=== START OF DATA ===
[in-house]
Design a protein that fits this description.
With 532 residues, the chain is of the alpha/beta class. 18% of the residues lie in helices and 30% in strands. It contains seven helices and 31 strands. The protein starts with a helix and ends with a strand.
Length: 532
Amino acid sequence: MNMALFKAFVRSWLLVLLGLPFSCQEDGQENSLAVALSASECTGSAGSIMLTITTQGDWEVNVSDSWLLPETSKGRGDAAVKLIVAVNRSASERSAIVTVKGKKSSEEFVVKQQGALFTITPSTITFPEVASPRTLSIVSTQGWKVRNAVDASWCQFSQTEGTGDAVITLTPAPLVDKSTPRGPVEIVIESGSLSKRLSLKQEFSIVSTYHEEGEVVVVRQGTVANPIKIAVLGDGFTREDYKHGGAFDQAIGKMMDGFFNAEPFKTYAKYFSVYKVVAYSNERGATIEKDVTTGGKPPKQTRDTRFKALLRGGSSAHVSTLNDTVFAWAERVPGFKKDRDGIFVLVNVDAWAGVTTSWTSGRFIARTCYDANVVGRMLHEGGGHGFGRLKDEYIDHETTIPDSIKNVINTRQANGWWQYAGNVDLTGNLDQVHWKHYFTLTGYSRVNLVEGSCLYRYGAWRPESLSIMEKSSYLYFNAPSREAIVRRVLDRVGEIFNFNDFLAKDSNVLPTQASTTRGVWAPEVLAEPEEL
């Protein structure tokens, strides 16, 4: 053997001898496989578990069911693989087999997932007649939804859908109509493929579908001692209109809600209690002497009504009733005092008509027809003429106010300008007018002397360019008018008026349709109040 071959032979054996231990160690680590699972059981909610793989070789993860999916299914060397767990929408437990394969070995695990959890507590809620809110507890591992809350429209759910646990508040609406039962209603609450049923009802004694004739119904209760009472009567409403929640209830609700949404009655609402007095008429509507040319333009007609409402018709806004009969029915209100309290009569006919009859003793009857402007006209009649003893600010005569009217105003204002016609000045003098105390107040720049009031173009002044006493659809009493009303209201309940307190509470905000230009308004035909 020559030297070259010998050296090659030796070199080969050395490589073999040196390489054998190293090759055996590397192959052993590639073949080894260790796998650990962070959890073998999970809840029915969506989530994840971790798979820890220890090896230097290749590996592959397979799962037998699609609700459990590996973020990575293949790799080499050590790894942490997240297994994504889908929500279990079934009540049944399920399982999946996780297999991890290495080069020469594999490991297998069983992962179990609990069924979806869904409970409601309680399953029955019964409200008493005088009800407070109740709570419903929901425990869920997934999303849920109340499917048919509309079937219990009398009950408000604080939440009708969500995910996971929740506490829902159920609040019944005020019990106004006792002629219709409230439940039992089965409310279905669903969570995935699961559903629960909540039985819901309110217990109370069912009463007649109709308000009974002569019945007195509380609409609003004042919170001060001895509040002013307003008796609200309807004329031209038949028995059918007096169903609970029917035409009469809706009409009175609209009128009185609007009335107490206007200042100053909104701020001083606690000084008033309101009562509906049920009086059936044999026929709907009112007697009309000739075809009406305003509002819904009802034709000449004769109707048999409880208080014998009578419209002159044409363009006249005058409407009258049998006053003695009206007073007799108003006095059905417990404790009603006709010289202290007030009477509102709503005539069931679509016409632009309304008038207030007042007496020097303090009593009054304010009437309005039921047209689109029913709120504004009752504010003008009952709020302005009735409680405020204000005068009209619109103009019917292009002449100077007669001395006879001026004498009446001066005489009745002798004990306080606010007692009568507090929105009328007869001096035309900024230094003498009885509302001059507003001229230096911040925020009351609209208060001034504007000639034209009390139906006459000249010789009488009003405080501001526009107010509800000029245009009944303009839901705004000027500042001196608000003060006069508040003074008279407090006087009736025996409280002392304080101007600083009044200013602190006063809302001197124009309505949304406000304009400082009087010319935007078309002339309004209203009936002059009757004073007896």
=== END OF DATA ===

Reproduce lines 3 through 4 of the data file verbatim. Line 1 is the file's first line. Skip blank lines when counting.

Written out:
With 532 residues, the chain is of the alpha/beta class. 18% of the residues lie in helices and 30% in strands. It contains seven helices and 31 strands. The protein starts with a helix and ends with a strand.
Length: 532